Also in 1931, Hayek critiqued Keynes's Treatise on Money (1930) in his "Reflections on the pure theory of Mr. J. M. Keynes" and published his lectures at the LSE in book form as Prices and Production. Unemployment and idle resources are, for Keynes, caused by a lack of effective demand; for Hayek, they stem from a previous, unsustainable episode of easy money and artificially low interest rates. Keynes asked his friend Piero Sraffa to respond. Sraffa elaborated on the effect of inflation-induced "forced savings" on the capital sector and about the definition of a "natural" interest rate in a growing economy. (Sraffa-Hayek debate) Others who responded negatively to Hayek's work on the business cycle included John Hicks, Frank Knight, and Gunnar Myrdal. Kaldor later wrote that Hayek's Prices and Production had produced "a remarkable crop of critics" and that the total number of pages in British and American journals dedicated to the resulting debate "could rarely have been equalled in the economic controversies of the past."
Hayek continued his research on monetary and capital theory, revising his theories of the relations between credit cycles and capital structure in Profits, Interest and Investment (1939) and The Pure Theory of Capital (1941), but his reputation as an economic theorist had by then fallen so much that those works were largely ignored, except for scathing critiques by Nicholas Kaldor. Lionel Robbins himself, who had embraced the Austrian theory of the business cycle in The Great Depression (1934), later regretted having written the book and accepted many of the Keynesian counter-arguments.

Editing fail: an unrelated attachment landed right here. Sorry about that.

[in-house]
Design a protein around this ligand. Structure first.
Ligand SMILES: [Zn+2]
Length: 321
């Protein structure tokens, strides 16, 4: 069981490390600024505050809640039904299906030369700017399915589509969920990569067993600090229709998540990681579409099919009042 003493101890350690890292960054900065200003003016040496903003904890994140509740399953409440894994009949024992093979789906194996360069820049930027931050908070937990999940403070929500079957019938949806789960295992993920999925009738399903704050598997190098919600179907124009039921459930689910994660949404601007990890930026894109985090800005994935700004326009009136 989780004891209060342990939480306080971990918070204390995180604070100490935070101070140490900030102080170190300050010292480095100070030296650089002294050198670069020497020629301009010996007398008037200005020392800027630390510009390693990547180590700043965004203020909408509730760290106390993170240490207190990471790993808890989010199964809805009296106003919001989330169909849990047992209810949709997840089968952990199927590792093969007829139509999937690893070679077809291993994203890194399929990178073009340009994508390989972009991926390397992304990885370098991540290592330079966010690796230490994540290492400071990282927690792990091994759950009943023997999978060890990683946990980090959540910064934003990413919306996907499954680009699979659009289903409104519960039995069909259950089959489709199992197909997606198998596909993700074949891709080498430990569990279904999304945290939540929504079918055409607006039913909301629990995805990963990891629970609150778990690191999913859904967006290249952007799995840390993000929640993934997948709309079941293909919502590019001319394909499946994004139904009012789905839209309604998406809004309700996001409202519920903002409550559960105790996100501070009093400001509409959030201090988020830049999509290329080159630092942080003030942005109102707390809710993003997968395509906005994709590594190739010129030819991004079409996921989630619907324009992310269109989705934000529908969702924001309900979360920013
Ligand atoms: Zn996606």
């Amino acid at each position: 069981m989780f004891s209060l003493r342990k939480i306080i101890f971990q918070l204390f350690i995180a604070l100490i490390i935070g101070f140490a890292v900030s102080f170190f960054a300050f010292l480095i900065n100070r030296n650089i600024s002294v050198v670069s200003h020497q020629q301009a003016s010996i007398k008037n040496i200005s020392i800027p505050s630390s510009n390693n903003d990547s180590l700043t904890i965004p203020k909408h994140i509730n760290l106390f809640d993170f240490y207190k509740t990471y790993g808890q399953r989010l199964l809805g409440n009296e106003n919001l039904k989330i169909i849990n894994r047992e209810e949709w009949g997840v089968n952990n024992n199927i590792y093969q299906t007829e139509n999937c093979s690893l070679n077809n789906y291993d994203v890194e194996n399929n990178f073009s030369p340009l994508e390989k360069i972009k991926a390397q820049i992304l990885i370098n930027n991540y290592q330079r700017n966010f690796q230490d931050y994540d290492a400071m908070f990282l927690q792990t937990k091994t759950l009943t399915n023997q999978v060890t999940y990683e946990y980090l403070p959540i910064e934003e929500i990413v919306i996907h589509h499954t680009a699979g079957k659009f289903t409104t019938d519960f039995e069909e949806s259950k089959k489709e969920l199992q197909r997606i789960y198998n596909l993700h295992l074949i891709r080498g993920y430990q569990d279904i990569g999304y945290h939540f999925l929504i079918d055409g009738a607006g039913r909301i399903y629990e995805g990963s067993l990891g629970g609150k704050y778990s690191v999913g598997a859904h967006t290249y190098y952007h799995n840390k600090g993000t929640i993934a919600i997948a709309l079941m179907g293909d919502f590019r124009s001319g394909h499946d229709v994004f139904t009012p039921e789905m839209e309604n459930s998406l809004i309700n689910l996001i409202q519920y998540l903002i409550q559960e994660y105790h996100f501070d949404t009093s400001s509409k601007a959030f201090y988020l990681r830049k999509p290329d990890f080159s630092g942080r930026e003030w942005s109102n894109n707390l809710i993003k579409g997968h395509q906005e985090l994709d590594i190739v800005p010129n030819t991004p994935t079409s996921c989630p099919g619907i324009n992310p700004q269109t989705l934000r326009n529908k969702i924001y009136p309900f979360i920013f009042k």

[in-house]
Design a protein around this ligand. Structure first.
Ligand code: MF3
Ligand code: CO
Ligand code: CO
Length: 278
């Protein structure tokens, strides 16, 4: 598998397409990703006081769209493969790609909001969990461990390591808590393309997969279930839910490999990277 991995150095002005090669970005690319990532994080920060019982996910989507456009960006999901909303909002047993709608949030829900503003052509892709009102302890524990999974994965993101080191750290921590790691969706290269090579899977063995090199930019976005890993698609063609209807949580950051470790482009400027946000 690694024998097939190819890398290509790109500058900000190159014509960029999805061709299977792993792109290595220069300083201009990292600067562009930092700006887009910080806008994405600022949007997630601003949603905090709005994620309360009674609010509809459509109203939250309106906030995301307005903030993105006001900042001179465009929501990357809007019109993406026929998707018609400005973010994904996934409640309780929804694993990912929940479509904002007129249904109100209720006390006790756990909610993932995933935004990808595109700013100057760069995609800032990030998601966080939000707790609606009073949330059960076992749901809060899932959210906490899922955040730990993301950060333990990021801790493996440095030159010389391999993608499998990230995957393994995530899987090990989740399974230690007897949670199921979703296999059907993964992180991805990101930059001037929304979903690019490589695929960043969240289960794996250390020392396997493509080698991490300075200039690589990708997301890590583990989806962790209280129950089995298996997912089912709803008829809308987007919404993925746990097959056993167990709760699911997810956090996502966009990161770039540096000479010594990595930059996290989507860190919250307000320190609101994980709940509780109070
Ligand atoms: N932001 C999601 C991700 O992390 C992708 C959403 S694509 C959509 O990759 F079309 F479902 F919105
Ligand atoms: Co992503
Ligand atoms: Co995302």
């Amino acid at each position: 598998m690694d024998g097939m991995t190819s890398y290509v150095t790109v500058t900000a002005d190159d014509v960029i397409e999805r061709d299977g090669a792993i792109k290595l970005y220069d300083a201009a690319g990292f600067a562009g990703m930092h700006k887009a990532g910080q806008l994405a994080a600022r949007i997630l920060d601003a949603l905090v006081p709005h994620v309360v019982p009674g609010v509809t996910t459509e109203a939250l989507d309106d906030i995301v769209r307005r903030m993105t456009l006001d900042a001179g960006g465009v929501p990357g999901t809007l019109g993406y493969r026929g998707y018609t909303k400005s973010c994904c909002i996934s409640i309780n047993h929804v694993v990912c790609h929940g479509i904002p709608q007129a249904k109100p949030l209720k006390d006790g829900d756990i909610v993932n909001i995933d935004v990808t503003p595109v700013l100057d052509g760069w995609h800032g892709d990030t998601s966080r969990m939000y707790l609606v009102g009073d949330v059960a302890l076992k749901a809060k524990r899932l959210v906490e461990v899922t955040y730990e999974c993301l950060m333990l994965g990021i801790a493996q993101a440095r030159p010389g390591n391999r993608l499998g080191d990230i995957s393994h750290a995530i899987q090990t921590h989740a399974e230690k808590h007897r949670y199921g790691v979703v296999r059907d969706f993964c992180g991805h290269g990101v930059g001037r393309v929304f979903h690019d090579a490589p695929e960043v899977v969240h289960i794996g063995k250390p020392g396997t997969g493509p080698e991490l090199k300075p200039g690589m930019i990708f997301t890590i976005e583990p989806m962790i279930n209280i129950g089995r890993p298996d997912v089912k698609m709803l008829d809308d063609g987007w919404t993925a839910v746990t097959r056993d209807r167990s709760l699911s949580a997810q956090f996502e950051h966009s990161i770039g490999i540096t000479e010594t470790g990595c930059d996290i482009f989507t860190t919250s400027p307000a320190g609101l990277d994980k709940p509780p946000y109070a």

Hayek never produced the book-length treatment of "the dynamics of capital" that he had promised in the Pure Theory of Capital. After 1941, he continued to publish works on the economics of information, political philosophy, the theory of law, and psychology, but seldom on macroeconomics. At the University of Chicago, Hayek was not part of the economics department, and did not influence the rebirth of neoclassical theory that took place there (see Chicago school of economics). When, in 1974, he shared the Nobel Memorial Prize in Economics with Gunnar Myrdal, the latter complained about being paired with an "ideologue". Milton Friedman declared himself "an enormous admirer of Hayek, but not for his economics. I think Prices and Production is a very flawed book. I think his [Pure Theory of Capital] is unreadable. On the other hand, The Road to Serfdom is one of the great books of our time."
Building on the earlier work of Ludwig von Mises and others, Hayek also argued that while in centrally planned economies an individual or a select group of individuals must determine the distribution of resources, these planners will never have enough information to carry out this allocation reliably. This argument, first proposed by Max Weber, says that the efficient exchange and use of resources can be maintained only through the price mechanism in free markets (see economic calculation problem).